But ultimately, the Ohio State defense clamped down in the most critical moments -- in the red zone and on third downs. Oregon converted just two of twelve (17 percent) third-down attempts, a far cry from their 49.5 percent season average. Without much of a supporting run game to balance Mariota's passing efficiency, the Ducks also stalled in the red zone, critically failing on fourth-and-goal in the second quarter following an Ohio State turnover.

The Buckeyes ended their season not just with victories over three-straight Heisman finalists, but with wins over the first-, second-, eighth-, and 18th-ranked College Football Playoff ranked teams, and the second-, third-, 11th-, and 17th-ranked F/+ teams. That kind of resume, with three of those victories by backup quarterback Cardale Jones, is undoubtedly a worthy start to the College Football Playoff era.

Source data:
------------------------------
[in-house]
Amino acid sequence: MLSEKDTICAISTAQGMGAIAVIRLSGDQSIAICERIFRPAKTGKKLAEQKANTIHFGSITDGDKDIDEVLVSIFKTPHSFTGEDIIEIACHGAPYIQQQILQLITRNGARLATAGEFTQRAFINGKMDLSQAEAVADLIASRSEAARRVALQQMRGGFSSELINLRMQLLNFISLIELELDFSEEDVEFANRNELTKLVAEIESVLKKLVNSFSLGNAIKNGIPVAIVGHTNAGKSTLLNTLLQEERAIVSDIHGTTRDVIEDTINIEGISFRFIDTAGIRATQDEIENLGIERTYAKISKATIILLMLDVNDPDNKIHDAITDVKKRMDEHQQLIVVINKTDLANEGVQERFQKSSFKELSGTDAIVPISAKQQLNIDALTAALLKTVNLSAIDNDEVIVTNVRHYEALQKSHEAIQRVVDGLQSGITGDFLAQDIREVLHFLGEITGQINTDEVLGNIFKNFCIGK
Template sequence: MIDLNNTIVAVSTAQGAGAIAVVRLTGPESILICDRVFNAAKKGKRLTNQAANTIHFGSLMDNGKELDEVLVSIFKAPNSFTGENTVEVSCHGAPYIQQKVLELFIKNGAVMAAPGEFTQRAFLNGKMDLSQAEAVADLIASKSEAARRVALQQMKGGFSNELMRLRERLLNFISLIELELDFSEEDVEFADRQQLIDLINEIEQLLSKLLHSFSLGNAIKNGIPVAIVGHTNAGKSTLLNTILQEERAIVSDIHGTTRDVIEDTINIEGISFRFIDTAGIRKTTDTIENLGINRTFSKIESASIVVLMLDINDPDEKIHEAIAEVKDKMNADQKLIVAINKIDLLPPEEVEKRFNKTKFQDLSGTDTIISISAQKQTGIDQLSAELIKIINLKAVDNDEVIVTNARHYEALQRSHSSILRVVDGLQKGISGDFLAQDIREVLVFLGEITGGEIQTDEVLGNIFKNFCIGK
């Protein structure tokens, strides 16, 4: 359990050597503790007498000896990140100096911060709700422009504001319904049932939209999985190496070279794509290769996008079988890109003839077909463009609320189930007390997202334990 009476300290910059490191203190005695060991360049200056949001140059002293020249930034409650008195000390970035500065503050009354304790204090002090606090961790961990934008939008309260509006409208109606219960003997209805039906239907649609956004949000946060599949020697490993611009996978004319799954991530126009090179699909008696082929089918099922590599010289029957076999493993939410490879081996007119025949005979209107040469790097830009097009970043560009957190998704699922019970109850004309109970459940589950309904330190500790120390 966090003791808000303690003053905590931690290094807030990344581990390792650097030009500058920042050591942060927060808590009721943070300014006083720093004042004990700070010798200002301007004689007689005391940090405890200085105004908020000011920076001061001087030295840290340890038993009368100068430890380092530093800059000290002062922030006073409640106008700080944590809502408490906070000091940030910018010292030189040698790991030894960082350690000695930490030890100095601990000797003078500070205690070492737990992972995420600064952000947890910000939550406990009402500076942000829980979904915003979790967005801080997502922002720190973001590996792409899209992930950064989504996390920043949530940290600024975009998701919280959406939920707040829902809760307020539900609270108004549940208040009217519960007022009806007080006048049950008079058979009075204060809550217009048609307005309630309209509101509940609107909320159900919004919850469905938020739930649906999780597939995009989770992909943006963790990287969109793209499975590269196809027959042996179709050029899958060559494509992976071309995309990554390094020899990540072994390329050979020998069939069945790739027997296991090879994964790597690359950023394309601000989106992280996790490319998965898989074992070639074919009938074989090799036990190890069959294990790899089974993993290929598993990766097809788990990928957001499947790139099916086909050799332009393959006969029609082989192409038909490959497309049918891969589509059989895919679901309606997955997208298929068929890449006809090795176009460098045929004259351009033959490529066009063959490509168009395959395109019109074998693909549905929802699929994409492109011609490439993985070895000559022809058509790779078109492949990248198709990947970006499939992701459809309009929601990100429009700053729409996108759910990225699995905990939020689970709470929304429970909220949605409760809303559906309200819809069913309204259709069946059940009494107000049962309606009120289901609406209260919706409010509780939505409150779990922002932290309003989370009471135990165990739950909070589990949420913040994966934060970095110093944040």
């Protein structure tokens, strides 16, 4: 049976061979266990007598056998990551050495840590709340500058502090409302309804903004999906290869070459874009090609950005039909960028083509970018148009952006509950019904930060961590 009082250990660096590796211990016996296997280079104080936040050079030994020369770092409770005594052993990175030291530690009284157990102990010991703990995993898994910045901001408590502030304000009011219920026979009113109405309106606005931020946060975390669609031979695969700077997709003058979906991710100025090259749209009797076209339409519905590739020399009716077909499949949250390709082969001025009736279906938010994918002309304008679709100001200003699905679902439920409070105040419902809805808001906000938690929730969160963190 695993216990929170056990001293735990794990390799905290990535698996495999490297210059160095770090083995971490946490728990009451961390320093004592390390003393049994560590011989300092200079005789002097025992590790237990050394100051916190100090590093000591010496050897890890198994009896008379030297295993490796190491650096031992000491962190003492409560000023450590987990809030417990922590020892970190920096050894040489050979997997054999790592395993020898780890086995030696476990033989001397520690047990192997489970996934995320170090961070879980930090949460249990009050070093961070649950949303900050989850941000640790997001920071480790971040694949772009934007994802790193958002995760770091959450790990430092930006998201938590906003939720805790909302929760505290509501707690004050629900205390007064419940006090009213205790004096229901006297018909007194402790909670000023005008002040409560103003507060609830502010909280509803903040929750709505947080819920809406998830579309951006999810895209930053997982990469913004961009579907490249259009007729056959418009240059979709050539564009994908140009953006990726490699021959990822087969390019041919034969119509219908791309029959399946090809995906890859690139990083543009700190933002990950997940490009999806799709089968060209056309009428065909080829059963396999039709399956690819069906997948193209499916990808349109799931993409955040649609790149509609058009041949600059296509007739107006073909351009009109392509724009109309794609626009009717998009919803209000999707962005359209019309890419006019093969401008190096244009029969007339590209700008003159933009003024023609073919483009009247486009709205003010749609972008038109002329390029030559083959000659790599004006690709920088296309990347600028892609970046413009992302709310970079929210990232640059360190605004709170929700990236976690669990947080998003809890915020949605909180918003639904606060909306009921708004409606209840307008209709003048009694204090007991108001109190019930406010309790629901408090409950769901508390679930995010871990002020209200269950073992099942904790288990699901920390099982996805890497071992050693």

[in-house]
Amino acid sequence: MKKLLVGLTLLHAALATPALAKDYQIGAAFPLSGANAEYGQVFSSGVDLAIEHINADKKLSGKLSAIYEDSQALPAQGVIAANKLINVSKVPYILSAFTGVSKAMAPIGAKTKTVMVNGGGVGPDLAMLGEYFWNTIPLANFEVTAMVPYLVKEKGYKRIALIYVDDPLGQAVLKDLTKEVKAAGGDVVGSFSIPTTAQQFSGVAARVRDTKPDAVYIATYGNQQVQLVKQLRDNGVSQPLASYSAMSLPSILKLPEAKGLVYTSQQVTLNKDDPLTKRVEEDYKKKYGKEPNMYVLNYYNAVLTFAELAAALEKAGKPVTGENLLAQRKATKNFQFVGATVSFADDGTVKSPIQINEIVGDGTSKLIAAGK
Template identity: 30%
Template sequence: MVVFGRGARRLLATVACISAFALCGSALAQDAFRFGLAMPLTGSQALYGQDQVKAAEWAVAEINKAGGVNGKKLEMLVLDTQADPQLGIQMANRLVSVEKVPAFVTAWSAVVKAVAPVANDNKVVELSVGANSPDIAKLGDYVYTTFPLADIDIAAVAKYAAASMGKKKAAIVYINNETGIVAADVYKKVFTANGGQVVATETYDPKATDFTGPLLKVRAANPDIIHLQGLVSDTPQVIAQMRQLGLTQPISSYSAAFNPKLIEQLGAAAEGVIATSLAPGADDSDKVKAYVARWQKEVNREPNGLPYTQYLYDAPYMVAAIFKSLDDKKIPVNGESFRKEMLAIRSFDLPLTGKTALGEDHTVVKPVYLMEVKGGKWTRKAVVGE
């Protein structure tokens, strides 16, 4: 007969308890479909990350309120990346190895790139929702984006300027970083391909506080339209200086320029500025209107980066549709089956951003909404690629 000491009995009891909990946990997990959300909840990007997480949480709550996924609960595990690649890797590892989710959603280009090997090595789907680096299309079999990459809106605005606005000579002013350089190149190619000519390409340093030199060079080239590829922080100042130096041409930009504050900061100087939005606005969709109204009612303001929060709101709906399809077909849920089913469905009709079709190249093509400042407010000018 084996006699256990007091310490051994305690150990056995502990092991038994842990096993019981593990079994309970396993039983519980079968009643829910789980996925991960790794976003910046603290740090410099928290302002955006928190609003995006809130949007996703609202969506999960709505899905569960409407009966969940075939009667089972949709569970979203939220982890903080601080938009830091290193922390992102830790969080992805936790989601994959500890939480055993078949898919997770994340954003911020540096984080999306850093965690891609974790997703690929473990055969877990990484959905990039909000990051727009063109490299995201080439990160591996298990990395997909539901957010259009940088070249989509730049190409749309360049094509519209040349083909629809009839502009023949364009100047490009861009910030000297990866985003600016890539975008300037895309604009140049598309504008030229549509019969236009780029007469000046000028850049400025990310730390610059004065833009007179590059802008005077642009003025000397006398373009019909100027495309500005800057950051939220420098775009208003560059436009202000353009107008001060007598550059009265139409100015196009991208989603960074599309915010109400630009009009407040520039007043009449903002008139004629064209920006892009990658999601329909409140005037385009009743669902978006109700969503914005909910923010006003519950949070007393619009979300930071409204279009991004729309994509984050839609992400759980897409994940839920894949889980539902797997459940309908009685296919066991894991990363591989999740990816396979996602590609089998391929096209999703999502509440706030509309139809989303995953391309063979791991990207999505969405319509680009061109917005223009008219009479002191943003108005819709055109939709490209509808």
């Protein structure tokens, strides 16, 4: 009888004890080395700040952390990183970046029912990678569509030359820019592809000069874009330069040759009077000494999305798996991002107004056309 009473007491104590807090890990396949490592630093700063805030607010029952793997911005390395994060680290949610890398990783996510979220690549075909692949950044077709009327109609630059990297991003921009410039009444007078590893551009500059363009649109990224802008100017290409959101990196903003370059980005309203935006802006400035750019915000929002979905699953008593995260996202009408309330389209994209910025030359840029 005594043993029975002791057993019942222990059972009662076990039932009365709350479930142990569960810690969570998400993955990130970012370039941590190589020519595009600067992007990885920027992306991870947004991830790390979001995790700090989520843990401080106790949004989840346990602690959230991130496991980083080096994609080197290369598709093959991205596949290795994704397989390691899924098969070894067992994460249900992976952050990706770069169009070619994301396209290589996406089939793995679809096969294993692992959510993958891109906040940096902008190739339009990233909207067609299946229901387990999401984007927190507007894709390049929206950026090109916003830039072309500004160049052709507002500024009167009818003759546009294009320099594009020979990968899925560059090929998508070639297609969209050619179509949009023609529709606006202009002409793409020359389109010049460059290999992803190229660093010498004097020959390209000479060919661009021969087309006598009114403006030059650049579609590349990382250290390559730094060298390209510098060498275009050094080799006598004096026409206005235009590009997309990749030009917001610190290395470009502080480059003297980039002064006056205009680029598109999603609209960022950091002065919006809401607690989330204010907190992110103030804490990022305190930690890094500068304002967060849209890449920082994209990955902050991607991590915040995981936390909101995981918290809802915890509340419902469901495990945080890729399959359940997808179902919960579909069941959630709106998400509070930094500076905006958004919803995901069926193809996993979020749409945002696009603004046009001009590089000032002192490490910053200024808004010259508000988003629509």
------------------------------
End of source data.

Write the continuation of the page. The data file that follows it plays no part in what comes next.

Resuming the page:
• Oregon's opening drive was an offensive masterpiece: 11 plays, 75 yards, and not a single third down on the way to an under-three minute touchdown. Five of the Ducks' seven runs were efficient and Mariota started the game 4-of-4 for 30 yards. It looked like Ohio State would need to go score-for-score with the Oregon offense to keep pace. That was the only possession where the Ducks' rushing offense had any kind of consistency. Oregon's Thomas Tyner and Royce Freeman finished the game averaging 5.2 and 2.2 yards per carry respectively, with a long run of just 12 yards. That was unexpected, considering Ohio State's run defense, which was ranked 52nd in Rushing S&P+ and 59th in Adjusted Line Yards. Sure, the Buckeyes held Melvin Gordon to just 2.3 yards per carry and 76 total rushing yards, but that was thought to be due to Wisconsin's one-dimensional offense. The Buckeyes could not simply load the box and concentrate solely on the run against Oregon due to Mariota, and there was little hope that the running backs wouldn't get the ball like Derrick Henry didn't during the fourth quarter of the Sugar Bowl. But the Buckeyes defense stepped up in a big way, bending but not breaking against Mariota, and dominating the Oregon run game in the red zone.